Most fishing forays on western Finger Lakes are on ice right now, but fisheries experts from the Department of Environmental Conservation Region 8 presented some interesting facts and features of two popular Western New York lakes during a state of the lakes meeting at Finger Lakes Community College in Canandaigua on Tuesday evening.
Biologist Peter Austerman began stressing the many changes all of the Finger Lakes are experiencing. Austerman said, “All Finger Lakes have zebra mussels and some now have quagga mussels.” Quagga mussels are much larger than zebra mussels.
Austerman focused mainly on Canandaigua Lake, a diverse lake with a good variety of both cold-water and warm-water fish species. Salmonid species have been stocked in Canandaigua since the late 1800s.
Rainbow trout were the first fish stocks, followed with lake trout in the early 1900s.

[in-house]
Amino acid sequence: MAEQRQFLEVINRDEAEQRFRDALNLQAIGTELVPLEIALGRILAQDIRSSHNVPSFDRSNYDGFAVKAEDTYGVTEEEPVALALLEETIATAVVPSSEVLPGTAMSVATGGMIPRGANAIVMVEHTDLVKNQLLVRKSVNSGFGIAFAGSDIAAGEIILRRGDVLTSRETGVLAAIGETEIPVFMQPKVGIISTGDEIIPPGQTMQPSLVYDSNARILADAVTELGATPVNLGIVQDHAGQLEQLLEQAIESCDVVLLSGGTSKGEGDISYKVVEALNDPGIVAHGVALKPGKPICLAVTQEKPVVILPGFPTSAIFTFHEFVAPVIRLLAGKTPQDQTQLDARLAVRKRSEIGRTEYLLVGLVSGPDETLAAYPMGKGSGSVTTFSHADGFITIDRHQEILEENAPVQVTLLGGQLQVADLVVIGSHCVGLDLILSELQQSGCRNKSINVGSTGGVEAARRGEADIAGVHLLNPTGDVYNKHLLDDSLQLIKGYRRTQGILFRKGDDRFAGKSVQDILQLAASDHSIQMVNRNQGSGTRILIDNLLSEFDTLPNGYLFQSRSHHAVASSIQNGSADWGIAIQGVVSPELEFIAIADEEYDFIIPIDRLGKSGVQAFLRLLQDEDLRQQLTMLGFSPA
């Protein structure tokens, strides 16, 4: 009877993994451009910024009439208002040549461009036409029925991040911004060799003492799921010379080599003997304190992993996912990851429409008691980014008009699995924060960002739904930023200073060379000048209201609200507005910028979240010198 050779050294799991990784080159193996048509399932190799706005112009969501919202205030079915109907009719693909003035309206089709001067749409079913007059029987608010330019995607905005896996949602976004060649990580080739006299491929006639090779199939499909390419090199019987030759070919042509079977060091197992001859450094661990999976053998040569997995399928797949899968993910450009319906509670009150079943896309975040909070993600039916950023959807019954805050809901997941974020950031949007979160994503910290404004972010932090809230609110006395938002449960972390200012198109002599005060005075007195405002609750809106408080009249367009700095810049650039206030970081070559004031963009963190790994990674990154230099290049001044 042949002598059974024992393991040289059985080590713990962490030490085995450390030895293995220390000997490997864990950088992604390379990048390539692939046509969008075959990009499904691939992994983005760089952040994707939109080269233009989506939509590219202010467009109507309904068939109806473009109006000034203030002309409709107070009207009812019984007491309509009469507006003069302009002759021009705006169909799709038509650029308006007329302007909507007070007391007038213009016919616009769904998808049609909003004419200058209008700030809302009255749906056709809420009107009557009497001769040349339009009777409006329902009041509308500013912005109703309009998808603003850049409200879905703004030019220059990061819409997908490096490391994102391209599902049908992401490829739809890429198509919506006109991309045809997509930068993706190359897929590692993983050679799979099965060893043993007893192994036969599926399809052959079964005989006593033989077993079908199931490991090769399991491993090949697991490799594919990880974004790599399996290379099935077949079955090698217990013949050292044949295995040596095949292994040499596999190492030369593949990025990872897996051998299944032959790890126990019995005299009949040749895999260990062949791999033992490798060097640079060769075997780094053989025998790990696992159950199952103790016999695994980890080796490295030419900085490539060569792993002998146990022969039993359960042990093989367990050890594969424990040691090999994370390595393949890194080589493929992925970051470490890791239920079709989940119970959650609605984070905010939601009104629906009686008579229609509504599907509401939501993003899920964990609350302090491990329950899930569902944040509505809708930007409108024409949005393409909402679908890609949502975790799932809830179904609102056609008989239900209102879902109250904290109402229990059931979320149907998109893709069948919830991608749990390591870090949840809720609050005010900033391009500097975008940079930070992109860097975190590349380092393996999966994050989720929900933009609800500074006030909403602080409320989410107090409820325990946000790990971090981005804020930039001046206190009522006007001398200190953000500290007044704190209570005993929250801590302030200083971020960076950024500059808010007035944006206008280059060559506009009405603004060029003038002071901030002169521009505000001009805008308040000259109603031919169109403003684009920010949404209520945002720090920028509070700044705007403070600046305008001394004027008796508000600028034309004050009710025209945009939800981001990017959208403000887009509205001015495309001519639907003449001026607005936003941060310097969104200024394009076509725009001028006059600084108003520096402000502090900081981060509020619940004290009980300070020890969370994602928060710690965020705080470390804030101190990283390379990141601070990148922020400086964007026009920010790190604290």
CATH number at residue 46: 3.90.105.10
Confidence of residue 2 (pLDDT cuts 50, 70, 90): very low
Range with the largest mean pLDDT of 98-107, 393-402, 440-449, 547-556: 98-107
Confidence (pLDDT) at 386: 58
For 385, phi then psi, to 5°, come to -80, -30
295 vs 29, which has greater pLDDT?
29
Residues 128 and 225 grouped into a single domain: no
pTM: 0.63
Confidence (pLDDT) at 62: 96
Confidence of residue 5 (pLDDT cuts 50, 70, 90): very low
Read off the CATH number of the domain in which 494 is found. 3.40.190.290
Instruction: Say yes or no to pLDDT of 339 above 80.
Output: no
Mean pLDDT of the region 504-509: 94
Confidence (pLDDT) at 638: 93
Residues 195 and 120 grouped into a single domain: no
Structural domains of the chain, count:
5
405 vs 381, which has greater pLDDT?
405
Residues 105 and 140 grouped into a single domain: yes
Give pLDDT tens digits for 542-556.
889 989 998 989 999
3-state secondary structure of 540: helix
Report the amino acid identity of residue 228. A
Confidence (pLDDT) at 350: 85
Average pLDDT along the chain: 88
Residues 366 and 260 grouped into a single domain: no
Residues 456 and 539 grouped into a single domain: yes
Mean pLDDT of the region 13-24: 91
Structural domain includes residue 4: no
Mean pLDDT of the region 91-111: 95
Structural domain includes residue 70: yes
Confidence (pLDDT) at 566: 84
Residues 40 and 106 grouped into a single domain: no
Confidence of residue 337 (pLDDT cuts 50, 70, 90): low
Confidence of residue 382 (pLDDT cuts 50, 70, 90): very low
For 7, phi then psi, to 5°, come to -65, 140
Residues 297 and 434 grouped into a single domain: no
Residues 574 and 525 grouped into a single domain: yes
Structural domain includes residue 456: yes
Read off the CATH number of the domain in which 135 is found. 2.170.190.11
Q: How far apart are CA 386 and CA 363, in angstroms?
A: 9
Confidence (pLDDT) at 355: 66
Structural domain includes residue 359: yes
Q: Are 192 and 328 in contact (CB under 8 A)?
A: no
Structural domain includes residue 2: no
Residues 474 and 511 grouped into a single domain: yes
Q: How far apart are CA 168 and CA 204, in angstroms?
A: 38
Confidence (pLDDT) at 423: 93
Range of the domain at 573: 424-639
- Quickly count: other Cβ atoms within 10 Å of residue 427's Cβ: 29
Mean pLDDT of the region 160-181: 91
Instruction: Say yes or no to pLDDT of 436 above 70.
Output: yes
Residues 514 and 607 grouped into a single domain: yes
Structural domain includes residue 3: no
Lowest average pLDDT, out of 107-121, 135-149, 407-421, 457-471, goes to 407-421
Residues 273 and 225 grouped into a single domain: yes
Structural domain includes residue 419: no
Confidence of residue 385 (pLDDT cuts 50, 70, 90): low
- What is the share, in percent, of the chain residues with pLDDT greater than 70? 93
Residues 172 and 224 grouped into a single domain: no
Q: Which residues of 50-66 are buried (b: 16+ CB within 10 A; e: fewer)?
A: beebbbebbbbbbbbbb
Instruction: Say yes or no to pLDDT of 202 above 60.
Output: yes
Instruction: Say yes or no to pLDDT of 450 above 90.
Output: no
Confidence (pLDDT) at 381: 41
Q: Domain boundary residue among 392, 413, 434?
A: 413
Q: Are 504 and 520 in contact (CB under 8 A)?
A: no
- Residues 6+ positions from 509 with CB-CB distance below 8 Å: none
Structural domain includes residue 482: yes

A brown trout stocking program began in 1970; anglers today have an abundance of lake trout and brown trout as a main-lake fishery. Rainbow trout are more abundant in Naples Creek, a feeder stream at the south end of the lake.
DEC personnel will conduct a Naples Creek stream stocking study March 20 to check on rainbow trout stocks in this creek. An annual Naples Derby held on the April 1 trout-season opener also confirms the productivity of this stream.
Biologist Brad Hammers discussed Seneca Lake, another major salmonid source that also holds a respectably warm-water fishery, especially jumbo-sized perch.
Seneca is the second largest of the Finger Lakes, measuring 34 miles long and three miles wide, with depths of more than 1,000 feet well below sea level.
A landlocked salmon stocking program began in 1988 and that species now appears in many anglers’ creels, but lake trout dominate targeted fish at 90 percent of catches followed with yellow perch.